Bryce slugs it out with his big Cubera Snapper

Bryce slugs it out with his big Cubera Snapper

Stunning bright red coloration of the Cubera!

Stunning bright red coloration of the Cubera!

Don't put your hand in there!

Don’t put your hand in there!

The Amberjack is a handsome looking fish and a powerful adversary

The Amberjack is a handsome looking fish and a powerful adversary

These mullet snapper were abundant and certainly pulled your string

These mullet snapper were abundant and certainly pulled your string

Mike was the undisputed king of the Mullet Snapper!

Mike was the undisputed king of the Mullet Snapper!

The final method which could be employed inshore was live bait trolling, with small lives being gently trolled off the back of the boat around the contours of the islands. This method also produced decent results (providing you had sufficient bait!) and accounted for the capture of the sought after Rooster fish, surely one of the most handsome creatures to swim the Oceans!

Trolling with livebait around Coiba island - a former prison colony!

Trolling with livebait around Coiba island – a former prison colony!

A beautiful fish caught in stunning surroundings

A beautiful fish caught in stunning surroundings

Dad gets one of his target species on the first day

Dad gets one of his target species on the first day

Some of the fish are weird and wonderful, this is an African Pampano!

Some of the fish are weird and wonderful, this is an African Pampano!

Snook were quite athletic on the light lure outfit

Snook were quite athletic on the light lure outfit

The variety of the inshore fishing was fantastic, but of course we were also very keen to sample the offshore stuff, with a few black marlin having been caught the previous week. We had a number of tries fishing out on the famous Hannibal bank where the Pelagic species are known to patrol, and actually managed two strikes on our trolled Bonito. The first take (my turn) was unfortunately lost to a hook pull not long into the fight, to say I was gutted would be an under-statement! The next chance came on Mike’s rod and there was much euphoria as the fish was cleanly hooked and set off on a crazy series of leaps across the surface of the Ocean. Mike played the fish stand up and fight for the next 30-40 mins under the expert guidance of our skipper Chico and first mate Bartolito, before we managed to boat it, estimated by the crew at around 300lb and safely released. A fantastic moment to witness and a special moment for Mike!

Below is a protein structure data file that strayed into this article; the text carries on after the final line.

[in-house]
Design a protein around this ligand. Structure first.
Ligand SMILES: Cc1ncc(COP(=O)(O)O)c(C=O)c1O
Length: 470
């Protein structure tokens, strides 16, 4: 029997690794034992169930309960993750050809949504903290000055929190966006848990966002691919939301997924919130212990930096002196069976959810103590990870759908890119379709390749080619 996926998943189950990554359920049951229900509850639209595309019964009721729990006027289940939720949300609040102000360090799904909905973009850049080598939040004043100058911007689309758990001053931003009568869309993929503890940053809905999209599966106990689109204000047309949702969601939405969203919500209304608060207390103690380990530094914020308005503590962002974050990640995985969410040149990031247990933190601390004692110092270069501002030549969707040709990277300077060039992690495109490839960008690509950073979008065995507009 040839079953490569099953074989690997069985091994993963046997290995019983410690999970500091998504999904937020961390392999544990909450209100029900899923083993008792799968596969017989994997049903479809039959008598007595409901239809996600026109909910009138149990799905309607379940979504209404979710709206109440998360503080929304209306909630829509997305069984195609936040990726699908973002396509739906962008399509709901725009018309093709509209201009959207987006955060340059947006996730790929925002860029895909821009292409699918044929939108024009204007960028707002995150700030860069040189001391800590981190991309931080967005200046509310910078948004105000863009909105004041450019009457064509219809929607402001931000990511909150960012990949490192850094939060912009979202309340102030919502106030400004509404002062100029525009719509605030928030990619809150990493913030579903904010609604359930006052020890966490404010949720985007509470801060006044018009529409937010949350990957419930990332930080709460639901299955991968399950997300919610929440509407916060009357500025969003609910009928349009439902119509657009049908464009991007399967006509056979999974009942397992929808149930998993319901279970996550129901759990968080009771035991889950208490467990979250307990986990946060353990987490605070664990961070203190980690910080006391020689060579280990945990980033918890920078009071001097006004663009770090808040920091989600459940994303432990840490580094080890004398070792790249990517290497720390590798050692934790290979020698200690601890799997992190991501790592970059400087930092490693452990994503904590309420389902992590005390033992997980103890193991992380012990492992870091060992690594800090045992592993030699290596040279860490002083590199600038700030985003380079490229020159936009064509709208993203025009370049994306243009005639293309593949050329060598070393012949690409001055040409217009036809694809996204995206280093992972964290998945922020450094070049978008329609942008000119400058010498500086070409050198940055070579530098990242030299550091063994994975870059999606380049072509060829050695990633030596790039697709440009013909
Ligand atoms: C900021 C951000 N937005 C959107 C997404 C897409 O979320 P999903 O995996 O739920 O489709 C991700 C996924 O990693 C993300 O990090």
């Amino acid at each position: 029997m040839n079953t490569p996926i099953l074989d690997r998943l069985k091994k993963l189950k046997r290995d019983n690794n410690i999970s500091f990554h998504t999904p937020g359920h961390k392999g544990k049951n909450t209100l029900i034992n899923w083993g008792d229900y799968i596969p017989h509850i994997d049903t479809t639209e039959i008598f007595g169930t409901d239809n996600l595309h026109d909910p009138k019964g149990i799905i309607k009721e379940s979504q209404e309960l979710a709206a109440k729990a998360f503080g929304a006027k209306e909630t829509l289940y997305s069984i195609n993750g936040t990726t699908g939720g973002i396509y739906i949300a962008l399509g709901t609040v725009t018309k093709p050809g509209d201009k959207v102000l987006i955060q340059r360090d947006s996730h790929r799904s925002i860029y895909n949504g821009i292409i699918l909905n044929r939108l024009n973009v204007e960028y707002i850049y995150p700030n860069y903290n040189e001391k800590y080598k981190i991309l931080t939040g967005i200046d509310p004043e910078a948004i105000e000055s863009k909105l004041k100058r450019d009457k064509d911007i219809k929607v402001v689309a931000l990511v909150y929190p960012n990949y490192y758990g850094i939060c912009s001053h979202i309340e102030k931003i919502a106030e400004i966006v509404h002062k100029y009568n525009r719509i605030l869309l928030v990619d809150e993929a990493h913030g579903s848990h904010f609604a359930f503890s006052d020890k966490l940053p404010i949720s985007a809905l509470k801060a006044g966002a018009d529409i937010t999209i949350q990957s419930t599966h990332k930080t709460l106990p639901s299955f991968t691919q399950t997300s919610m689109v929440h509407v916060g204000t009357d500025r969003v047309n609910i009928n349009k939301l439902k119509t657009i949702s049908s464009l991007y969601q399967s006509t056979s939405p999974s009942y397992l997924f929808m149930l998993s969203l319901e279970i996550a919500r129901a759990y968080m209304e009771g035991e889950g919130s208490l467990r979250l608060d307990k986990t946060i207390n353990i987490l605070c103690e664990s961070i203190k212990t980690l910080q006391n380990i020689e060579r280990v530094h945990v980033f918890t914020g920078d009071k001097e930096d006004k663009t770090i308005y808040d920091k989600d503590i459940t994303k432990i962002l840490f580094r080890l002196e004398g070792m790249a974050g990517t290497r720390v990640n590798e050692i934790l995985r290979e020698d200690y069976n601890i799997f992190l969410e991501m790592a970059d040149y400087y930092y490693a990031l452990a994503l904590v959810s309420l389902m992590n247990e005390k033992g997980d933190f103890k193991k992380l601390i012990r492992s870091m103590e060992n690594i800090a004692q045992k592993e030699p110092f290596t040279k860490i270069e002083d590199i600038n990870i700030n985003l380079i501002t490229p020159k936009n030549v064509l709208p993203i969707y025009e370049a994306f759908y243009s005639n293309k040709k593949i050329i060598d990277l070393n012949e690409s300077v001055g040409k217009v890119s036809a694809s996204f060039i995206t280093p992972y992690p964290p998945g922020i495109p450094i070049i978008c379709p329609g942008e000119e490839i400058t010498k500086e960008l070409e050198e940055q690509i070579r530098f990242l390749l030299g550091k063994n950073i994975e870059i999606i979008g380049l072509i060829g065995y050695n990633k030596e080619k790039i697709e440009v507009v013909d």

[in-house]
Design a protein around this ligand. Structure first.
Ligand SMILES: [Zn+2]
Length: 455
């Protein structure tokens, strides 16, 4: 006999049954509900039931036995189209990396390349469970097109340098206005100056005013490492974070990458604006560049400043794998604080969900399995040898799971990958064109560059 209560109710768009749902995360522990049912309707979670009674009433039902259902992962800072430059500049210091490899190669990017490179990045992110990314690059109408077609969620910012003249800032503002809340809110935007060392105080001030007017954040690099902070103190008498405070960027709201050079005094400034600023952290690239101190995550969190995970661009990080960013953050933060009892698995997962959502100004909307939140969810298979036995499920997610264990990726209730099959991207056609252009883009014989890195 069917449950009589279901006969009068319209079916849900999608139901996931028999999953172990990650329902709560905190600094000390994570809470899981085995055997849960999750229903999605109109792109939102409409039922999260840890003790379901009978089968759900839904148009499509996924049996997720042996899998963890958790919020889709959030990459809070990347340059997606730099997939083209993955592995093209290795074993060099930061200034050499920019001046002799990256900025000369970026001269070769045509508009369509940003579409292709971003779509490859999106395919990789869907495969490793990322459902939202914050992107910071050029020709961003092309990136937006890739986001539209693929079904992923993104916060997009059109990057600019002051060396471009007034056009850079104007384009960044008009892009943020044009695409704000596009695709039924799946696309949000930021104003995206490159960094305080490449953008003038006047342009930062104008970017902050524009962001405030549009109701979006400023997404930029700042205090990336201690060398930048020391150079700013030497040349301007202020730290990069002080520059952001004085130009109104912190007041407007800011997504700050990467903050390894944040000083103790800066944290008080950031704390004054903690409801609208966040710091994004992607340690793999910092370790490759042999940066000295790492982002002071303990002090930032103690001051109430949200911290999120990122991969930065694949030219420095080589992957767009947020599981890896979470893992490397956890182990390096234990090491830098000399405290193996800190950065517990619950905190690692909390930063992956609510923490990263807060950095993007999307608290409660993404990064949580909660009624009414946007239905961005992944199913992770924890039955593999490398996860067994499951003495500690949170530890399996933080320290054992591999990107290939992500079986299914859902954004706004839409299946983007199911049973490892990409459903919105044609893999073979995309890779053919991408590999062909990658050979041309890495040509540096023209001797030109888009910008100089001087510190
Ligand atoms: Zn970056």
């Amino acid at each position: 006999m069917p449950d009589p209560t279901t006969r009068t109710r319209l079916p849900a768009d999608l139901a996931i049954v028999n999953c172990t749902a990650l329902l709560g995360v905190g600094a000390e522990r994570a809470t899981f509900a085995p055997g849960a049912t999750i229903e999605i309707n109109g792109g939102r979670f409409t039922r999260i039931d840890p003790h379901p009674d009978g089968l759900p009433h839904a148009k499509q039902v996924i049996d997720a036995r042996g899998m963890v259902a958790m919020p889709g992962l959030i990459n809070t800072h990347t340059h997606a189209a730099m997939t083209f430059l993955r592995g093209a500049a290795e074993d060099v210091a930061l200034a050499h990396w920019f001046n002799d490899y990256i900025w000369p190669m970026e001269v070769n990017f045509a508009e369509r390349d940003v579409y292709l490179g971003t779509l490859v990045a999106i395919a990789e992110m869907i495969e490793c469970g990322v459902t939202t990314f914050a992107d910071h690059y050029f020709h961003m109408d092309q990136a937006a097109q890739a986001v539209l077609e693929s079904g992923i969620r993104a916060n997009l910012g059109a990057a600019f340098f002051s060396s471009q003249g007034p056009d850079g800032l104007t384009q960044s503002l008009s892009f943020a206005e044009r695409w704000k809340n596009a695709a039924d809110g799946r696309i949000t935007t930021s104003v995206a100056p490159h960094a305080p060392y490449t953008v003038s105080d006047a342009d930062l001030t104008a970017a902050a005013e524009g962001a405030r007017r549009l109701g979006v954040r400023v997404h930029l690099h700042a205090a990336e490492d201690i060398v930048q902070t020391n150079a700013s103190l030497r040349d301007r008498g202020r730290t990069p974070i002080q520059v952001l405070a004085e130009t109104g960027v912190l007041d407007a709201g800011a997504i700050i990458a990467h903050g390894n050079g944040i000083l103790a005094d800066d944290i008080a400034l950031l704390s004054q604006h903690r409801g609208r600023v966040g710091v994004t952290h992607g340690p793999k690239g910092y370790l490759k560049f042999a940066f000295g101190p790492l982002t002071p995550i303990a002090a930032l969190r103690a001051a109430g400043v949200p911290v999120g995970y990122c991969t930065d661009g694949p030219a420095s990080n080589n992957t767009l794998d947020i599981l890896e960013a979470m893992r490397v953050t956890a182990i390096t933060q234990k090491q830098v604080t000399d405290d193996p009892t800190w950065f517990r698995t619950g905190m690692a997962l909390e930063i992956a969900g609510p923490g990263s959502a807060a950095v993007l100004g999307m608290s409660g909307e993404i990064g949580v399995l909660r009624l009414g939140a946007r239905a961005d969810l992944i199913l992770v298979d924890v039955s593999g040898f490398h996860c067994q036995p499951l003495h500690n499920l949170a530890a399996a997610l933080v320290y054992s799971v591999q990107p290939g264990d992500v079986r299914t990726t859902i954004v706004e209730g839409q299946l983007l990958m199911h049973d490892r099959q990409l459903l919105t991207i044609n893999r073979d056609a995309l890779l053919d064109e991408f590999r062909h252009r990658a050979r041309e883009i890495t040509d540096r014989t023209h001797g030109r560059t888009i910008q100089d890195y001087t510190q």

300lb of Black Marlin coming up to the boat!

300lb of Black Marlin coming up to the boat!

Black Marlin Man... Mike gets the big prize!

Black Marlin Man… Mike gets the big prize!

 

Waiting for a strike whilst trolling out on the Hannibal Bank

Waiting for a strike whilst trolling out on the Hannibal Bank

Perhaps slightly disappointing was the absence of the Yellow Fin Tuna, which were late arriving and not available to fish for, along with the sailfish. We did however encounter some small Dorado whilst out trolling.

It's always a shame the colours fade so quickly on the Dorado

It’s always a shame the colours fade so quickly on the Dorado

All too soon the holiday came to an end (I’m sure you all know the feeling!), but what a fantastic time we had with excellent and varied fishing in Jurassic Park style scenery – a wonderful trip which I would recommend to anybody!

The end... the sun sets over the Pacific

The end… the sun sets over the Pacific